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Any priority-setting and testing scheme can be represented, at least conceptually, by a network of such information-gathering and decision-making steps. Traditional methods depend on evaluation by an expert committee that reviews a dossier on a substance (information- gathering component) and then makes recommendations about its disposition (decision-making component). Systems for screening chemicals for priority-setting may have one stage or multiple stages. In one-stage systems, the same screening criteria and procedures are applied to all the chemicals under consideration. In the simplest type of multistage system, chemicals are screened out of the system at each successive stage; the only chemicals considered in the last stage are those which have survived all the earlier stages. A more complex type of multistage system is the decision tree, in which the screening criteria applied at each stage depend on the outcome of the previous stage. In most multistage systems, the first stage is a simple screen based on chemical class, use, or production volume; the second stage is based on criteria that reflect exposure; and the third and later stages are based on criteria that reflect toxicity or potential risks. Although this sequence is a feature in six of the different systems reviewed by the committee (see Appendix A), the reasons for its choice were not made explicit in them; it was adopted probably because crude indexes of use--production and exposure--are relatively easy to obtain for large numbers of chemicals, whereas indexes of toxicity are more difficult to obtain and require more scientific review and judgment. In more elaborate systems--e.g., the decision tree of Cramer et al. and the six-stage linear screen described by Nisbet--the late stages require fairly extensive compilations of toxicity and exposure data and fairly detailed scientific review. Multistage systems are advantageous, in that the screening process can use simple, readily retrieved data, so many chemicals of low priority can be eliminated from consideration quickly and scientific attention can be focused on the chemicals of greatest interest. Systems of this kind appear to offer a practical way to deal with very large numbers of chemicals. An offsetting disadvantage is that the criteria used in the early stages are necessarily crude, so some chemicals may be eliminated erroneously in an early stage. Another disadvantage is that exposure information is usually considered in less detail than toxicity information; hence, chemicals with unusual pathways of exposure may not be identified. These problems may be alleviated by providing for reconsideration of chemicals eliminated in early stages or reconsideration of exposure in later stages. These features are included in the Interagency Testing Committee's system. Designing a multistage screening system, under the constraint of an overall budget, involves balancing of the costs of generating information on a large number of chemicals in early stages against the 212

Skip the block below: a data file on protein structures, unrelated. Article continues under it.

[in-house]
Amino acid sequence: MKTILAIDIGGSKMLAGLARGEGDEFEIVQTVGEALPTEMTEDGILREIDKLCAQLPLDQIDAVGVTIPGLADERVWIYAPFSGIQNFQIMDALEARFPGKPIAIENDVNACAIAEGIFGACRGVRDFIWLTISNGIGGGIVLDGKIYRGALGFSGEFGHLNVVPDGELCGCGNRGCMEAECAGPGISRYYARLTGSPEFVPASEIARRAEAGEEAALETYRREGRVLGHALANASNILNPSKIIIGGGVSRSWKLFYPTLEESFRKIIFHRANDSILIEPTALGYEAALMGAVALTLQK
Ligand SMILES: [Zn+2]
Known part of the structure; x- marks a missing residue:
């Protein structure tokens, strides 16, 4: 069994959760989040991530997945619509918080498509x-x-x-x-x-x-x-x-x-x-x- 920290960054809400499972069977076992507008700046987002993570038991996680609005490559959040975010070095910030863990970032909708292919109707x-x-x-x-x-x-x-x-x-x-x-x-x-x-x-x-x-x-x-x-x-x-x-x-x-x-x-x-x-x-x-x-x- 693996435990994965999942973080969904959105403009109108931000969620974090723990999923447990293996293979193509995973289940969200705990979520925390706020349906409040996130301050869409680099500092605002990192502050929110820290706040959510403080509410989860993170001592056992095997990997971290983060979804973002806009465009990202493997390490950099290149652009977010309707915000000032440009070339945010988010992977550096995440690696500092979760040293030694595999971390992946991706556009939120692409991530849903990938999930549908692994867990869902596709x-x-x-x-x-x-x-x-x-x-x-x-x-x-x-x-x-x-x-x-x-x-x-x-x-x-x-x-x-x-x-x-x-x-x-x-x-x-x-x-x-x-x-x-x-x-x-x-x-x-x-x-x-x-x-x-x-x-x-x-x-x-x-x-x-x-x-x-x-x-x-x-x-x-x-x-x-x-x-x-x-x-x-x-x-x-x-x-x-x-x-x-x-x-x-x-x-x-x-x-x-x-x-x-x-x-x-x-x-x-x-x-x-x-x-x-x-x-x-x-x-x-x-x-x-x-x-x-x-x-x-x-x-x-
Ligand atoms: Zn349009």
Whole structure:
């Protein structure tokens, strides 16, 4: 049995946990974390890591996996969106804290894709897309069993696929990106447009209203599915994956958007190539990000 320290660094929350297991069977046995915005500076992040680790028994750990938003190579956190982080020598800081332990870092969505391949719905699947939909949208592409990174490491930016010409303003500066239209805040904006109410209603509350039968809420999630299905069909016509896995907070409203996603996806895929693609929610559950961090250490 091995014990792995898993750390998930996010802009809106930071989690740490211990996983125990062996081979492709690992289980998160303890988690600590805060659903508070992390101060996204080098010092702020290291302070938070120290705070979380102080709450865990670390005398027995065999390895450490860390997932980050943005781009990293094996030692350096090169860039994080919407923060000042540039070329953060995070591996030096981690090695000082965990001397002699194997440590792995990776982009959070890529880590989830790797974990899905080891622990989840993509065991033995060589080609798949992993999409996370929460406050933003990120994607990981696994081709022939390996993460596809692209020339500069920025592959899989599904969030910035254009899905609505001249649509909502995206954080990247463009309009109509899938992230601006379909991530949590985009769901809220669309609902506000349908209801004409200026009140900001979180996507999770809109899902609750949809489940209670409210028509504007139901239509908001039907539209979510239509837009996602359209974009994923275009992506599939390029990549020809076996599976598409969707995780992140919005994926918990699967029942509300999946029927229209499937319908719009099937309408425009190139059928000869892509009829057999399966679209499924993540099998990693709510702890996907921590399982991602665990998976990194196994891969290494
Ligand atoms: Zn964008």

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costs of generating more detailed information on fewer chemicals in late stages. The efficiency of such a system depends on the number of stages, the amount of information considered in each stage, and the number of chemicals correctly classified in each stage. In the systems reviewed by the committee (Appendix A), these characteristics appear to have been chosen rather subjectively, and it is not clear that maximal efficiency was achieved. Decision-tree systems are in principle more flexible than linear multistage systems, because they can use more appropriate criteria for screening at various stages. However, the systems that have been proposed to date require rather precise information and would be difficult to apply to several classes of chemicals, especially those with little or no toxicity testing. ANALYSIS OF INFORMATION Data on a chemical must be analyzed so that decisions can be made about its disposition. Most priority-setting systems assess the public- health concern about chemicals with respect to exposure, toxicity, and social considerations. The different degrees of concern can be thought of as ranges on a meter, with high readings generally warranting serious social concern and low ones suggesting that little or no concern is called for. The meter would register higher readings to the extent that there was an increase in any of the following: Number of people exposed. Per capita exposure in that population. Frequency of exposure. Probability of a toxic response at that exposure. Severity of a toxic response at that exposure. Cost to society or to an individual related to the manifestation and treatment of health effects. because: smoked. On such a hazard scale, cigarette smoke would rate high, Millions of people smoke cigarettes, and additional millions are exposed to others' smoke. Exposures are high: grams of material are inhaled for every pack 213